Tikkun Winter 2019 (34.1) - Page 109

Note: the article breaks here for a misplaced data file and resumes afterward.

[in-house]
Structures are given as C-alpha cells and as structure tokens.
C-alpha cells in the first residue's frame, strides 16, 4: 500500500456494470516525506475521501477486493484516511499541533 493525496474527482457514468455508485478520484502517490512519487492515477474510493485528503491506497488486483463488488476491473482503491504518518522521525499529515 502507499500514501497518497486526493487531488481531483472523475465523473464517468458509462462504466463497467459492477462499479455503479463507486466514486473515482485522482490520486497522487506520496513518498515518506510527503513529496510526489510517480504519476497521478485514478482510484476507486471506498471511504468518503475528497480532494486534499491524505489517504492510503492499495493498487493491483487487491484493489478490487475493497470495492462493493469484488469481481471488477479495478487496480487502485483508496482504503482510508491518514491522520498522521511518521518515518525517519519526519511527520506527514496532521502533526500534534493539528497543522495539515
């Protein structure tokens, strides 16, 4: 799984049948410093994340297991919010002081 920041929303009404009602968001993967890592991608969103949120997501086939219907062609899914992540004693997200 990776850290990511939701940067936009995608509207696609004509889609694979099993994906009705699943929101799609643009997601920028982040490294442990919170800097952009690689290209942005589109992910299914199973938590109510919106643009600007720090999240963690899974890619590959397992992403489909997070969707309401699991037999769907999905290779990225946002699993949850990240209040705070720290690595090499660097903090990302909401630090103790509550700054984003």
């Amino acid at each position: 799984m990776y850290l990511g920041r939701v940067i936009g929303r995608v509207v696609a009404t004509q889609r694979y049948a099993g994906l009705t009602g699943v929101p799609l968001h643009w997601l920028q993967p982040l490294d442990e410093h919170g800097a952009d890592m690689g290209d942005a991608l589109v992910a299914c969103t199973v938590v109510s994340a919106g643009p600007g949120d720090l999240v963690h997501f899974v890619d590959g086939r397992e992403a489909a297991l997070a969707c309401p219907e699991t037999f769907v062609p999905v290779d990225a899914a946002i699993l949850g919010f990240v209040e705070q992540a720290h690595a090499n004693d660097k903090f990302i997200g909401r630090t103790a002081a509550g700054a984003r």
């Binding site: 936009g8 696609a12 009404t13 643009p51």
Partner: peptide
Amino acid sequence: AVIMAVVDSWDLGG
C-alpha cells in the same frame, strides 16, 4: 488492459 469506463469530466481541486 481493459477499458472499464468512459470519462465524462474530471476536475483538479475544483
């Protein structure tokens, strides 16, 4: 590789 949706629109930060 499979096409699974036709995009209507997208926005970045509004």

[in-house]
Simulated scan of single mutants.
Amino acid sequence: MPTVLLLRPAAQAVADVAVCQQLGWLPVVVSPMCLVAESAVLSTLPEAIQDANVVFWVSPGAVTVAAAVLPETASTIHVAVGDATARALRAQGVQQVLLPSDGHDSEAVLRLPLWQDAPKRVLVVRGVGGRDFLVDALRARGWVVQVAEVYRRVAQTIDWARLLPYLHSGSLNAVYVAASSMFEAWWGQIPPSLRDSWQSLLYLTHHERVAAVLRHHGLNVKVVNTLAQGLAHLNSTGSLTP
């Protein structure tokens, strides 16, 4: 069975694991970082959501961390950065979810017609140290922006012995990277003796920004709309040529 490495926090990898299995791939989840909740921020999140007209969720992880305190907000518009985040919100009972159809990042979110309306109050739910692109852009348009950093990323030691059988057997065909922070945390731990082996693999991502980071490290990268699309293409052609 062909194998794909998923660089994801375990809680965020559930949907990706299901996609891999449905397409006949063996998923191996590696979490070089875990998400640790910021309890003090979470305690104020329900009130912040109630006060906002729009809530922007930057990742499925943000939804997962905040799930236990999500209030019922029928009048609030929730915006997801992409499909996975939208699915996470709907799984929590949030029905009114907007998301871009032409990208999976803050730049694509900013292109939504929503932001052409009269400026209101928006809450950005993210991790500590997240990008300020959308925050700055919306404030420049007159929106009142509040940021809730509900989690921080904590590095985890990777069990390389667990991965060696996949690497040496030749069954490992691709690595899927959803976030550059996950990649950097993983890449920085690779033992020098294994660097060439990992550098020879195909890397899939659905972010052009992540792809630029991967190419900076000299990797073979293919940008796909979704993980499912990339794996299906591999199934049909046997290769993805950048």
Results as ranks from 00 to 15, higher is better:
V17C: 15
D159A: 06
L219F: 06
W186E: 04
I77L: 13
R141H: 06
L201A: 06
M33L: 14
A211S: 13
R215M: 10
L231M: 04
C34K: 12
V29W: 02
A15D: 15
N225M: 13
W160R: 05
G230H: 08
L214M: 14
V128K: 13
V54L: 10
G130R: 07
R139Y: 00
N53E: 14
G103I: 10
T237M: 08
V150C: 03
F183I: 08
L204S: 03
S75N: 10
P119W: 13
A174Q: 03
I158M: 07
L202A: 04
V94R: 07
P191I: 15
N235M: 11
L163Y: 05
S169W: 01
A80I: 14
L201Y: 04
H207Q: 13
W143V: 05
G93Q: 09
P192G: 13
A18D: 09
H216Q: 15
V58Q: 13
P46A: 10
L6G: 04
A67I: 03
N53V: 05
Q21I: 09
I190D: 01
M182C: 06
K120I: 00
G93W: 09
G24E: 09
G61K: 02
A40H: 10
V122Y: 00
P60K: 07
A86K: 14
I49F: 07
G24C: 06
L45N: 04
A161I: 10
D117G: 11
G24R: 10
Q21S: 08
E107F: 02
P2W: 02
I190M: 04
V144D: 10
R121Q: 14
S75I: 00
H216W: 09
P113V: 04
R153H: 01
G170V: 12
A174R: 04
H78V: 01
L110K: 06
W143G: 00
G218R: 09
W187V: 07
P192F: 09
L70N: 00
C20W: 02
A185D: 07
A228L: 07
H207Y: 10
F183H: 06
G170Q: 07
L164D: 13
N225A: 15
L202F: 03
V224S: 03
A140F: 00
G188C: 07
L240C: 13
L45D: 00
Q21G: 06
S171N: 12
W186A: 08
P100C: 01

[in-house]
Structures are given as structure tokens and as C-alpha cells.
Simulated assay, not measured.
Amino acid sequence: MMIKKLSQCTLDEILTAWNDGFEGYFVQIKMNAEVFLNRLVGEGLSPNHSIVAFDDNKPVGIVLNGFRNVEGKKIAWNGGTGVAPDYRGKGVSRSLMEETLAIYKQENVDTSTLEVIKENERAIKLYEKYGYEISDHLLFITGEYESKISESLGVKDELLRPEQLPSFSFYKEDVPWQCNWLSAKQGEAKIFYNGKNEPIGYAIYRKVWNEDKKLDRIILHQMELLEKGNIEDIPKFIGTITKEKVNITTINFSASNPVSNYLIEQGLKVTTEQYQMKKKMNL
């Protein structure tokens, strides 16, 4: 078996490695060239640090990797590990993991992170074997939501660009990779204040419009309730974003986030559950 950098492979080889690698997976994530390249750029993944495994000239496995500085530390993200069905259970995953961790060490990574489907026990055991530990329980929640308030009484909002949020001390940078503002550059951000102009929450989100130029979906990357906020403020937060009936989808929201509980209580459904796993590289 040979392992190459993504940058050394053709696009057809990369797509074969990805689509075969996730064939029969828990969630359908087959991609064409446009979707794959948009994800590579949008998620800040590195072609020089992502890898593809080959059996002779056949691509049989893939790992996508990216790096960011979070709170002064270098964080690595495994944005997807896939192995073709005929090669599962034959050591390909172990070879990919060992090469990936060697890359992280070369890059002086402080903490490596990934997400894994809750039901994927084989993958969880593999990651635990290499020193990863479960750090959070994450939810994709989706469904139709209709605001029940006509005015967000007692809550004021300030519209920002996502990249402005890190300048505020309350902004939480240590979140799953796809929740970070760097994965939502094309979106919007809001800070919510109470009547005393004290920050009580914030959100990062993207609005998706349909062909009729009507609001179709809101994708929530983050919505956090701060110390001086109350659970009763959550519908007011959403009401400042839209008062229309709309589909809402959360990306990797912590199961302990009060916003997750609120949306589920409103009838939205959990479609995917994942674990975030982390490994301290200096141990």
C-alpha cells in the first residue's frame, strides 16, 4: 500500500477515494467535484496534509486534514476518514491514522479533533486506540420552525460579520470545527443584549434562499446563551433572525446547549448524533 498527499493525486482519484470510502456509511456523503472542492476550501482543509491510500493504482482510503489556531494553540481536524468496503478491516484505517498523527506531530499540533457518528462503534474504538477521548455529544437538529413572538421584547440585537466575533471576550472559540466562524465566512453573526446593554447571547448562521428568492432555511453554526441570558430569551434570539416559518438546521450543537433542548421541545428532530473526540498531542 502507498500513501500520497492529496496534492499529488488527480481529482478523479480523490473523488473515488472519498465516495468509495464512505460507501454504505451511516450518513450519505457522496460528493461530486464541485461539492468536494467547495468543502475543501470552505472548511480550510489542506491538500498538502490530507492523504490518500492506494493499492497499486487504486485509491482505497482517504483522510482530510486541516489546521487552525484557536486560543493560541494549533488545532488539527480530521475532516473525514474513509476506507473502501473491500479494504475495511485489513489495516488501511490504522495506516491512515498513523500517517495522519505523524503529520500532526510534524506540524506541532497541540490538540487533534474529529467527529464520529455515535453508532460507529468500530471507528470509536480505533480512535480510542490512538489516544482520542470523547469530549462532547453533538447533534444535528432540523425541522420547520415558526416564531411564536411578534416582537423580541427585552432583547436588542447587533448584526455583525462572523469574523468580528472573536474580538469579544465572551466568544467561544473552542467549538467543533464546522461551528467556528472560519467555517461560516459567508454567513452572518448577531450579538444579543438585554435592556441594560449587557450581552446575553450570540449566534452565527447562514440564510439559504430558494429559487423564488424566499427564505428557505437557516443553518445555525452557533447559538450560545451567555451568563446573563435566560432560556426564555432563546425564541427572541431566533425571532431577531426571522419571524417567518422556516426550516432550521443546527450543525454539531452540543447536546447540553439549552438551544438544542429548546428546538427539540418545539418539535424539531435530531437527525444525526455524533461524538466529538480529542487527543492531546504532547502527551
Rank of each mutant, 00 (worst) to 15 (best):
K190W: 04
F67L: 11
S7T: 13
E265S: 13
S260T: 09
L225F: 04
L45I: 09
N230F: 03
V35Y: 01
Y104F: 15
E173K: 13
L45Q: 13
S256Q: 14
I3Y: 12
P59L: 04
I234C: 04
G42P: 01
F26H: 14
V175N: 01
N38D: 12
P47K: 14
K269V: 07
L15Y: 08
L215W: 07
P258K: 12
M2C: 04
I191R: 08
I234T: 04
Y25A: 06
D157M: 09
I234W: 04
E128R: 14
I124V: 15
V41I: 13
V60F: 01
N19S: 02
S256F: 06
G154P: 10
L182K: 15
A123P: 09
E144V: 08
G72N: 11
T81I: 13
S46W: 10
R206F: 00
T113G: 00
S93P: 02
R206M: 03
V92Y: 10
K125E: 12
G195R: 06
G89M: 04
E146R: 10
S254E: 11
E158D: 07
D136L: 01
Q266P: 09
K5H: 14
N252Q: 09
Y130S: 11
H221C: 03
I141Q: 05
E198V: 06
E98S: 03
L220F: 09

held accountable. You can just disappear. And it’s all free from unpleasant political realities. A Native American drummer on Oculus Go isn’t freighted with a history of genocide and op- pression. A beautiful woman on Oculus Go is never going to turn to you and say “Me too.” And so virtuality represents a kind of collective dream—a world where everything is simple. It’s two-dimensional, even when it creates the illusion of 3D. We’ve recreated reality but with latex gloves on. It’s life abstracted. It lives on the plane of ideas and images and denies the plane of the body. manly. It’s almost as if the virtual world is primary—like Plato’s “forms”—the virtual is the ideal while the physical is just a pale imitation. It’s as if virtuality is God to us. So we have two worlds before us: the shiny, Platonic, virtus-virtual world and the earthy, messy, adamah-physical world—the wetware as they call it. We all know which is ascendant right now. Sears—which used to be the largest retailer in the U.S.—recently closed its doors. They are the most recent in a string of giant retailers (including Toys ‘R’ Us) to do so. Little mom and pop shops are closing every minute as Amazon now sells online everything they used to sell, but for less. We are in the midst of what experts are calling a “brick-and-mortar retail fiasco.” They speculate about whether In some archetypal systems this cerebral, rational world is the masculine, whereas the embodied, emotional world is the feminine. This is not to say that women aren’t rational; cosmic energies interplay and Virtual reality lives on the plane of ideas and women and men participate images and denies the plane of the body. in both. But as a society we are catapulting headlong into the world of the disembodied mind, which has long been linked with male prerogative, and we are collectively deciding that it’s better than our volup- tuous earth-bodies. The etymology of the word “virtual” is helpful here. It comes from the Latin virtus (“virtue” in English) which meant “excellence, potency, efficacy.” It also meant “man- hood” or “manliness,” from the Latin root vir, which means man. So virtual in the 14 th century basically meant “good and manly.” And down the line virtual came to mean what it means today. The virtual world is virtually the same as real- ity itself, but better and more VOL. 34, NO. 1 © 2019 TIKKUN MAGAZINE 109